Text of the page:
Friday, 8 June 2012

Planning the School Run

Driving our van around Bristol we've noticed that the biggest problem for school run mums is pesky cyclists jumping red lights and riding on pavements.

We're really pleased therefore, that the extension to St John's Primary School, using Redland Police Station as an Annex will stamp out these tax dodgers - well at least in one direction.
Bristol's PFI schools provider, Skanska, has submitted a fantastic planning application for the Annex which will eliminate the connection between Whiteladies Road and Elgin Park for cyclists travelling from East to West. We've been wondering for some time whether responsible, sustainably oriented international corporates such as Skanska read Bristol Traffic and take our comments to heart. Now we know. At last there is a scheme which will allow responsible urban four wheel drivers to take their children to school by car without even having to run a cyclist off the road - because there won't be any. Better still, there will be lots of space for lorries to get down past the school after making deliveries to Tesco and others on the corner of Whiteladies Road.
What is really interesting about this scheme is that by denying cyclists a sensible route from Redland to the main shopping area of Whiteladies Road, we could be taking them off the road for good. Then maybe they will see the light and buy proper cars and pay for the roads like the rest of us.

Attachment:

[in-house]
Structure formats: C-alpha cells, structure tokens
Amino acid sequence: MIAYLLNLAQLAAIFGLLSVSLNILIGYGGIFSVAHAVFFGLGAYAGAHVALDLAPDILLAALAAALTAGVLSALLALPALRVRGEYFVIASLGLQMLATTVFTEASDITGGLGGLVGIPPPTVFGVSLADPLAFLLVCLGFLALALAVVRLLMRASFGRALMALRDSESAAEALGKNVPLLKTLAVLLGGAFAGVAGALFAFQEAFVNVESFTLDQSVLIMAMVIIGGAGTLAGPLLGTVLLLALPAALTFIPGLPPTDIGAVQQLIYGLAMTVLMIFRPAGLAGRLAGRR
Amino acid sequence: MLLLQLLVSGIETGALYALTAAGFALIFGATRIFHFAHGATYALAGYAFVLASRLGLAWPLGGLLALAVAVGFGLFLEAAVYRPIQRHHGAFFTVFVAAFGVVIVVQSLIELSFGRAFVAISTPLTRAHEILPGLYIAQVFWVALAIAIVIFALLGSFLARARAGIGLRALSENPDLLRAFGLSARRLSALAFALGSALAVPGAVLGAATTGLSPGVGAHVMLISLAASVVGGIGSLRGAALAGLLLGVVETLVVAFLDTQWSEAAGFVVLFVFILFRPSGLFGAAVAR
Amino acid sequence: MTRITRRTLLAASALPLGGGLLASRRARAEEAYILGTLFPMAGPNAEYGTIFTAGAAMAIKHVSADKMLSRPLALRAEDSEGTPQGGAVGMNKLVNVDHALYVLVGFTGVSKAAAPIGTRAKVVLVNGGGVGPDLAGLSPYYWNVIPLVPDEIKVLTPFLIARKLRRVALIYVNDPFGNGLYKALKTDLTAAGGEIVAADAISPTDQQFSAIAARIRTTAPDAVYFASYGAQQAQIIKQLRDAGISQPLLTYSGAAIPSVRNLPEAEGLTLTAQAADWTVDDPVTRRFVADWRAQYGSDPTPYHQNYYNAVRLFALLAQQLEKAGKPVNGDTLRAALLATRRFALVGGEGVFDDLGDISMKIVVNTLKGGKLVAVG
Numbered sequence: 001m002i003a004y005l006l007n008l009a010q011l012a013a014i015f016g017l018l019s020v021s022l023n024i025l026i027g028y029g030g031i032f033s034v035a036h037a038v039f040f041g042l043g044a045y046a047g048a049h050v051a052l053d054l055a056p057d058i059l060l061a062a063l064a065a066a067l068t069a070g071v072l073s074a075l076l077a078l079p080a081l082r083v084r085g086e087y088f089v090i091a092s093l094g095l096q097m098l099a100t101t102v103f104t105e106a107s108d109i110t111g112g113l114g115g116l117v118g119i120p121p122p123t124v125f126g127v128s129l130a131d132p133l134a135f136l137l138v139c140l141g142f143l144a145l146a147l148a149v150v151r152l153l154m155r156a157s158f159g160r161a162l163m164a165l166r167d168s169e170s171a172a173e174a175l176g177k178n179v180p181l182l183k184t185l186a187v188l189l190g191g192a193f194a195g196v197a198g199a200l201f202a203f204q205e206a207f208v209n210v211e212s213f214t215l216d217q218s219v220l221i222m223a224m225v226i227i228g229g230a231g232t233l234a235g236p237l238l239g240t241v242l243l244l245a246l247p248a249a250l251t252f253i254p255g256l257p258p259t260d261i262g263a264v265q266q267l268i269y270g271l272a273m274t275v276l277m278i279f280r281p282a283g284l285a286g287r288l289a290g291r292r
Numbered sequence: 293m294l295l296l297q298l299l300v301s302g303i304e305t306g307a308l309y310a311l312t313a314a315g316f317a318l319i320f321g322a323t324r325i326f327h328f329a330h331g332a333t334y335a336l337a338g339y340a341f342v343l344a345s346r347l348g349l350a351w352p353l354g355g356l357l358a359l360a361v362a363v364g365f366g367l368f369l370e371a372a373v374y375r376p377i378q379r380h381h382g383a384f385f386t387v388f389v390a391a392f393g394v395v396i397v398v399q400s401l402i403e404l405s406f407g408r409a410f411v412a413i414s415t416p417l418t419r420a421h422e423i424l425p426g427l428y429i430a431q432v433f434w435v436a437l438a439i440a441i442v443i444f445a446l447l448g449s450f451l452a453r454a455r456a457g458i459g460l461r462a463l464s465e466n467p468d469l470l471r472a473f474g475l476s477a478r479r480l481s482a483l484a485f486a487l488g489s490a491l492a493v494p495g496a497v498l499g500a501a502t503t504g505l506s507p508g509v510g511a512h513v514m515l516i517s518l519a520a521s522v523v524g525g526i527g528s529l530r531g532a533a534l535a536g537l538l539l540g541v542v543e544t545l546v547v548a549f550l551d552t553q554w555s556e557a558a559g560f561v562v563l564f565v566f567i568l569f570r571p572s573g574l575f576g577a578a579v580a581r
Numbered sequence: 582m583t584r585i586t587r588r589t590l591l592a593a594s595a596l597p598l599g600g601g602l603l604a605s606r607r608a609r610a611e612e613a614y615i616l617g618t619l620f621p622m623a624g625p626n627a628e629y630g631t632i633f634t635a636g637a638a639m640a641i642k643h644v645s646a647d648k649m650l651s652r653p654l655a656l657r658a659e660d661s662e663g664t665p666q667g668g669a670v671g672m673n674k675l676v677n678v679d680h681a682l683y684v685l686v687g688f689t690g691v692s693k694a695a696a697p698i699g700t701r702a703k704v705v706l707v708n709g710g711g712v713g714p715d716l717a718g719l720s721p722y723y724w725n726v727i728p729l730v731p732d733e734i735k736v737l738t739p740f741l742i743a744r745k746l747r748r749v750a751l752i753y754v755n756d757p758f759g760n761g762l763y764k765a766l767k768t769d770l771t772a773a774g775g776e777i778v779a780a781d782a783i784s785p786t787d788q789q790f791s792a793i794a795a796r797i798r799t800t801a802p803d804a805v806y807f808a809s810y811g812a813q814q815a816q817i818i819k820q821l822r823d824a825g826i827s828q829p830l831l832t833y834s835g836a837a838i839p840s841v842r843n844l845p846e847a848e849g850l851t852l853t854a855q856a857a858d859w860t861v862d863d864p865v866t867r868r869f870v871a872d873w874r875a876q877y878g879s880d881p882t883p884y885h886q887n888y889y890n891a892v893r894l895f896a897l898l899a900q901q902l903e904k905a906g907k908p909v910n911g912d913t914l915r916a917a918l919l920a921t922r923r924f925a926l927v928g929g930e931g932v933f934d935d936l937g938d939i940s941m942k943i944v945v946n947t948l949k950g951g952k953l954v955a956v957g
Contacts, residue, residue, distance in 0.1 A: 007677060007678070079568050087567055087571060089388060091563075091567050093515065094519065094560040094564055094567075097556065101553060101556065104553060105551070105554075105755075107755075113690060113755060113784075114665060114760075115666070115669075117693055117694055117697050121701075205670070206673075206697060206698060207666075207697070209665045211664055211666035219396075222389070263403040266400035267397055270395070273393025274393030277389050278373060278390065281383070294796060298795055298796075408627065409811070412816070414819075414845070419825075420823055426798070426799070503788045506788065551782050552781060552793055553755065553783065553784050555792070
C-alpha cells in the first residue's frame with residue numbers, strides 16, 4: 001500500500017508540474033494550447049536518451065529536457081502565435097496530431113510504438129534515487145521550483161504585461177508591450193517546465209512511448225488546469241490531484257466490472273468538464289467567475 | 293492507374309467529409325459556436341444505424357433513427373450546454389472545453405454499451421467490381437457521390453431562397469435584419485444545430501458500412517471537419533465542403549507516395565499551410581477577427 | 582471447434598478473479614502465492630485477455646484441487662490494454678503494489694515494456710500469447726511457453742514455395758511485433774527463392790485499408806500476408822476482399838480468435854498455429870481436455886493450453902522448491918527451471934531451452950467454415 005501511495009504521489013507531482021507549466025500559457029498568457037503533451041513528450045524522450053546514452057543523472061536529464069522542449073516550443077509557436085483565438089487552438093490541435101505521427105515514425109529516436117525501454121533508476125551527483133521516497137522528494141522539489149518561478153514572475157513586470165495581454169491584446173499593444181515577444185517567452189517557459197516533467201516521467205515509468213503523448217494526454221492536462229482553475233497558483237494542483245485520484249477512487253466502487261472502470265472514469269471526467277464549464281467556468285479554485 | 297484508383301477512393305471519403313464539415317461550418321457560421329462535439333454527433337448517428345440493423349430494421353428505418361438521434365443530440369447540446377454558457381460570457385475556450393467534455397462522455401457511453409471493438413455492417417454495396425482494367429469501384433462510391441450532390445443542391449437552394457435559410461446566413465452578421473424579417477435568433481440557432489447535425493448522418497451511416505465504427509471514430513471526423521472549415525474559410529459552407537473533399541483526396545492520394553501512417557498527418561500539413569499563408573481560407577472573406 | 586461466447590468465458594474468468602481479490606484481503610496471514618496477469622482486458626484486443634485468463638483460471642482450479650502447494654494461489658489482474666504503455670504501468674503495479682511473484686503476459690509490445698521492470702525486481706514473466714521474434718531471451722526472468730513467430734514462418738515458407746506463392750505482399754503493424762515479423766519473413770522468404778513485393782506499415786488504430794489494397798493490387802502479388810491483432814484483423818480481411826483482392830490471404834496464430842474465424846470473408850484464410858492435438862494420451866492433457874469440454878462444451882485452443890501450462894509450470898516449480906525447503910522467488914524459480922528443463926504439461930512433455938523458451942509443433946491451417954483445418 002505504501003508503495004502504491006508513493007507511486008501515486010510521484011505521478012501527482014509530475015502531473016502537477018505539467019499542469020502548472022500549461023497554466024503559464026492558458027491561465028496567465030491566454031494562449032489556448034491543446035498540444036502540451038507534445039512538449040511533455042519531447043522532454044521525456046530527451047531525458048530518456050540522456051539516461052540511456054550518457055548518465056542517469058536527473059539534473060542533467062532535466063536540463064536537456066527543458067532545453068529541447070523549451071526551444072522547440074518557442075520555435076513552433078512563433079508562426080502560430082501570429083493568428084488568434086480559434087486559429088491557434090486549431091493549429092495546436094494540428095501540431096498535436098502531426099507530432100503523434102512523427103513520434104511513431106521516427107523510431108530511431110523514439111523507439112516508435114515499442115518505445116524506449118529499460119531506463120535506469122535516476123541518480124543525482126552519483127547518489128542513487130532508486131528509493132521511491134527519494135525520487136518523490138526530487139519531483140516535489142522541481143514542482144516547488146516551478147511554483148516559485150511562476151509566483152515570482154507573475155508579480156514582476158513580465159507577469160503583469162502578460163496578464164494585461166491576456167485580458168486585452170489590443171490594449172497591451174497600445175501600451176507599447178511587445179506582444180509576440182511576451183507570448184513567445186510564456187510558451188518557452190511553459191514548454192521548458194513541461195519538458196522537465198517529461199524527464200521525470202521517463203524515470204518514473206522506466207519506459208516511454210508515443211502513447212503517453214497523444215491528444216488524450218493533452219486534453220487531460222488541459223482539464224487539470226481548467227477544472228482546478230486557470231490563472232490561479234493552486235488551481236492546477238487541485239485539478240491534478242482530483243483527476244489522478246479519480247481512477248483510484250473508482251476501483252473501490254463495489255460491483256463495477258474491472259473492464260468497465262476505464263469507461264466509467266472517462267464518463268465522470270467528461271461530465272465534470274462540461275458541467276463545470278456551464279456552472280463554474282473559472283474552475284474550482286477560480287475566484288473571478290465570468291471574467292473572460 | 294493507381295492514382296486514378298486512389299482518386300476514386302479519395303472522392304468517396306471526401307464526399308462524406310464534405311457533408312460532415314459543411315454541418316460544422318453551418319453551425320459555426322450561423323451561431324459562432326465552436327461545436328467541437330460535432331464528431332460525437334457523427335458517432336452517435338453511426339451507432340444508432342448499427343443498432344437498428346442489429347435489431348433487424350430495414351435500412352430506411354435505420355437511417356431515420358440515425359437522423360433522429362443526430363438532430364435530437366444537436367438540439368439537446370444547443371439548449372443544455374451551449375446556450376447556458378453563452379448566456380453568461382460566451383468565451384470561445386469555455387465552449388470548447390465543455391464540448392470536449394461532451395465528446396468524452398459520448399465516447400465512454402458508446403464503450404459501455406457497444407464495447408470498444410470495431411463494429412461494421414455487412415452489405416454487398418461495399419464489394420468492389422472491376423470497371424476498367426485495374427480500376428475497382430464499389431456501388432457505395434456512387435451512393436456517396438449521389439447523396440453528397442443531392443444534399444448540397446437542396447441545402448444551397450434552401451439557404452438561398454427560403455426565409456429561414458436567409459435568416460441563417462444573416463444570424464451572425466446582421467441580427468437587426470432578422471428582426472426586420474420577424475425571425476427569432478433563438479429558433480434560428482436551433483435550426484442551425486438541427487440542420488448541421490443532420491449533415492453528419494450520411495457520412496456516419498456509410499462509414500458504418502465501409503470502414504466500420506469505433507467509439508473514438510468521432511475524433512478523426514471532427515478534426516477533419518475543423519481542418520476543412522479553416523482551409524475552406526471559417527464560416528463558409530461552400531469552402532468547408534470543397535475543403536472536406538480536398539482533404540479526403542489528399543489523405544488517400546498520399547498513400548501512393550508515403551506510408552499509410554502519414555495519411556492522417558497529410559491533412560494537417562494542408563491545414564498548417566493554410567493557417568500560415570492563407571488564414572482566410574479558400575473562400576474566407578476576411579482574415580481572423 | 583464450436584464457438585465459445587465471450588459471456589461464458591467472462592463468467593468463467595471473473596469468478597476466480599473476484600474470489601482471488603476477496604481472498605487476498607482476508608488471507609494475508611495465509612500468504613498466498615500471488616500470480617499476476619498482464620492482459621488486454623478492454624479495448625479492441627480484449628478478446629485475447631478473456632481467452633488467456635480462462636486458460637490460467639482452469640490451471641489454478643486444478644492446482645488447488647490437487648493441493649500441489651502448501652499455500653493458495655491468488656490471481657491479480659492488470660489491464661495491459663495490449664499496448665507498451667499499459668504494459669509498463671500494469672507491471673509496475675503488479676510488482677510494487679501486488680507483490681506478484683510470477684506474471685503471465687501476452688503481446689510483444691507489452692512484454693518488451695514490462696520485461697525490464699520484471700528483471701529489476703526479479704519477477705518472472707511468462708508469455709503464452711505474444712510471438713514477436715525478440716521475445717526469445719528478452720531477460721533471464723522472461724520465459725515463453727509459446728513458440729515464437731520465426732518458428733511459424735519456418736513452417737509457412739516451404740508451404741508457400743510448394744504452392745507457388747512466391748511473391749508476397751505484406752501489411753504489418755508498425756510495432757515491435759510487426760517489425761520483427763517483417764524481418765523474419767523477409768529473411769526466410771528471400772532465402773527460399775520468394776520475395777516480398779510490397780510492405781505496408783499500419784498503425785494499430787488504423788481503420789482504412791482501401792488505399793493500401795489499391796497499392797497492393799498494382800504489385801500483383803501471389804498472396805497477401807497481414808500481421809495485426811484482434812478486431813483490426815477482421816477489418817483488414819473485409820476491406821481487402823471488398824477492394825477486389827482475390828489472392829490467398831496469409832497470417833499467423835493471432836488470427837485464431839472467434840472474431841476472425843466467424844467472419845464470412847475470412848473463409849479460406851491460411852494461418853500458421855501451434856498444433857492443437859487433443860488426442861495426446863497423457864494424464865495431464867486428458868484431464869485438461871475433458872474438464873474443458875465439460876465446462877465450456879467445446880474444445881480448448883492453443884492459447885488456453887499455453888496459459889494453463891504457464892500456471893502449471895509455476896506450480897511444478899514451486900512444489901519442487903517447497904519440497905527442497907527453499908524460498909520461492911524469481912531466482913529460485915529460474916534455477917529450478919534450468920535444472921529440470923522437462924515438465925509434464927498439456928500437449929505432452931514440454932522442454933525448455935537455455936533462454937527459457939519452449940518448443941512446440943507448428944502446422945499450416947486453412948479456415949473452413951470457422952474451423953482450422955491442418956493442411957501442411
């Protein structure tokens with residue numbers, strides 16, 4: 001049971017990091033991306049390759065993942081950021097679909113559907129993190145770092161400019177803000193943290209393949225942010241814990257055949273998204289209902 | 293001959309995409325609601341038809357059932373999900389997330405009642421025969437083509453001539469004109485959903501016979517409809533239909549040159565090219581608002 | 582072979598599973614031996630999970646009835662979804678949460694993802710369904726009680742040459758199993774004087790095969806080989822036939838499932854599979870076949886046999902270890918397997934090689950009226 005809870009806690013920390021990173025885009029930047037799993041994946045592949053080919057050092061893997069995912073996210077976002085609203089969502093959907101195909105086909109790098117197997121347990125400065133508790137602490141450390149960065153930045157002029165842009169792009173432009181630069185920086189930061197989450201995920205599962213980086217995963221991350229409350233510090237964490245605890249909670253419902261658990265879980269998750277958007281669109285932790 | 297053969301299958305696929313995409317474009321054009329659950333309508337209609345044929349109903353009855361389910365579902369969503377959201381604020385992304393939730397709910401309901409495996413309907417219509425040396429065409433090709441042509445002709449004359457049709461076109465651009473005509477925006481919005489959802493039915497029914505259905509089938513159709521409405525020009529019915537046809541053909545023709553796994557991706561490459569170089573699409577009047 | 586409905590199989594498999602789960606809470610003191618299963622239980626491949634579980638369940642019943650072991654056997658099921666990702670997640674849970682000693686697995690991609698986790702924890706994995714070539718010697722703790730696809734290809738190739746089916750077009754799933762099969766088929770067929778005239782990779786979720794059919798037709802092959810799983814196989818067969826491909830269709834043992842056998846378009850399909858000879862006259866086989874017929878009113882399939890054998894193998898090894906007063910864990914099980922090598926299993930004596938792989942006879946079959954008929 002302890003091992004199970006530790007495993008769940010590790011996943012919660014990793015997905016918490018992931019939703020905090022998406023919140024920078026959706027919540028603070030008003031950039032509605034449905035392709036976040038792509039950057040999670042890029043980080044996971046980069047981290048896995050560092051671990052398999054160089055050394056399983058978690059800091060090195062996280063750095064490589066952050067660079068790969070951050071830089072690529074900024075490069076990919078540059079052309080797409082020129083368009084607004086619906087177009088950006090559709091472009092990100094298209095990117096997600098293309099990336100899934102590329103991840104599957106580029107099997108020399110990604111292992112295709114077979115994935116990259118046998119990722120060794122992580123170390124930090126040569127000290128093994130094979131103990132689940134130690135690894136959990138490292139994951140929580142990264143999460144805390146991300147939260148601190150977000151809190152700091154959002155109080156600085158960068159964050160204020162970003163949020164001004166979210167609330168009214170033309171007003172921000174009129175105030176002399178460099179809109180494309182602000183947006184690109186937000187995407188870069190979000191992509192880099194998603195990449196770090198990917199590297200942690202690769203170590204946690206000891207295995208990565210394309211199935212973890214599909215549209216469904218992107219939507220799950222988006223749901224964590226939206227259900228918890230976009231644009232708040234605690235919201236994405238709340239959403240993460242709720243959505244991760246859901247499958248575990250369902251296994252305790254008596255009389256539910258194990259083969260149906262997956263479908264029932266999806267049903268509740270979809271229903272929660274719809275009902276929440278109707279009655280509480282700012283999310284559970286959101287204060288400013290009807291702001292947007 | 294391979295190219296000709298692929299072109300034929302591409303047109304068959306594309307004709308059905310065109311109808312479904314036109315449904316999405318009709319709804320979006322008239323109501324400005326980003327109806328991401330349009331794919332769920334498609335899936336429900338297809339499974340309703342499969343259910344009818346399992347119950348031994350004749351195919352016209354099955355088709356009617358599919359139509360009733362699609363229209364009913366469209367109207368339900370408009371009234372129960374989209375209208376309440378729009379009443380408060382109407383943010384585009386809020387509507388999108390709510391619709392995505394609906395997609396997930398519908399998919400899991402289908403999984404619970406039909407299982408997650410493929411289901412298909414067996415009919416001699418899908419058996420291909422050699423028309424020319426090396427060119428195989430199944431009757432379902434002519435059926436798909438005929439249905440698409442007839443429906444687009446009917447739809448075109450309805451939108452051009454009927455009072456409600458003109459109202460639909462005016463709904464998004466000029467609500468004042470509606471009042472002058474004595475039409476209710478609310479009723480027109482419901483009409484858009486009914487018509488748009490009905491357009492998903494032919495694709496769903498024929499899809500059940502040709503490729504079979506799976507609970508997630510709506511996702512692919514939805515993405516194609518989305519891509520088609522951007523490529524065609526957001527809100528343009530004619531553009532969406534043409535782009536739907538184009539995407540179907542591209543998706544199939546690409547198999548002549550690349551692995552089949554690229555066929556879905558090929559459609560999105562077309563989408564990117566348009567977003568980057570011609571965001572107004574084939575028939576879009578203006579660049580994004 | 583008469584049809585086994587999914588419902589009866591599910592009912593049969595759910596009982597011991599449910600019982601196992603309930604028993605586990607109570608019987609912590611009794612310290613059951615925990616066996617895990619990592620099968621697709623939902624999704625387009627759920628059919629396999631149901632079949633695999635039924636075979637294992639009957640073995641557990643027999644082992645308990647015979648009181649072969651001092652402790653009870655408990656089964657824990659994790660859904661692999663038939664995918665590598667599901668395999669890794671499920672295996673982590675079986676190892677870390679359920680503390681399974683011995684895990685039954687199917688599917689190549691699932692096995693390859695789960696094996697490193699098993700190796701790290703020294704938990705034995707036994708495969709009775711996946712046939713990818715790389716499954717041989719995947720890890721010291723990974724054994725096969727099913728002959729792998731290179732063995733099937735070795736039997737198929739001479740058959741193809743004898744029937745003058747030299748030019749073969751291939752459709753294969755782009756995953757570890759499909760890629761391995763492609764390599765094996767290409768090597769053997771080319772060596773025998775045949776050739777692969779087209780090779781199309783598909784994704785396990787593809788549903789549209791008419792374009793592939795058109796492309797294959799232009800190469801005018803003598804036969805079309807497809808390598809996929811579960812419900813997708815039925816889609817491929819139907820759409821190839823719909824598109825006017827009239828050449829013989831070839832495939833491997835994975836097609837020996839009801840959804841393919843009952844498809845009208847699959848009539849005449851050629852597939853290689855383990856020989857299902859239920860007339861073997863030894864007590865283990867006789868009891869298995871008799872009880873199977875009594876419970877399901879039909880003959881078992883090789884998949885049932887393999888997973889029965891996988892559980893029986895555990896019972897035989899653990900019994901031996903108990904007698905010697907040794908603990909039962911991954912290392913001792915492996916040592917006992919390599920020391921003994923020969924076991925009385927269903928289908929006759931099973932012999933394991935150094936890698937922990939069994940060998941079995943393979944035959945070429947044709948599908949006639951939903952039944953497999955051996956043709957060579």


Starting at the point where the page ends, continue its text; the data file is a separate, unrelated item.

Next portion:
Any foolish cyclists that remain after these proposals are given planning permission will be forced to go up a very steep hill instead (that'll teach them), or negotiate some difficult right turns where we expect they will be knocked off their bikes. The exact proposals are below, but the planning application can also be can be viewed online
Skanska is proposing a brilliant solution for the motorist. We'll be recommending them to the Association of British Drivers if they ask us if we know a good builder.

1 comment:

Sam Saunders said...

Good heavens. In the unlikely event of this splendid plan being approved, we can at least be content that the inevitable failure to enforce any of the cunningly obscure restrictions will be one more victory for citizen anarchy on Bristol's roads.

On a serious note this proposal looks like a fairly primitive message that children should not cycle to school.

Perhaps it would be worth considering the closure of some of those streets to motor vehicles during school arrival and departure times?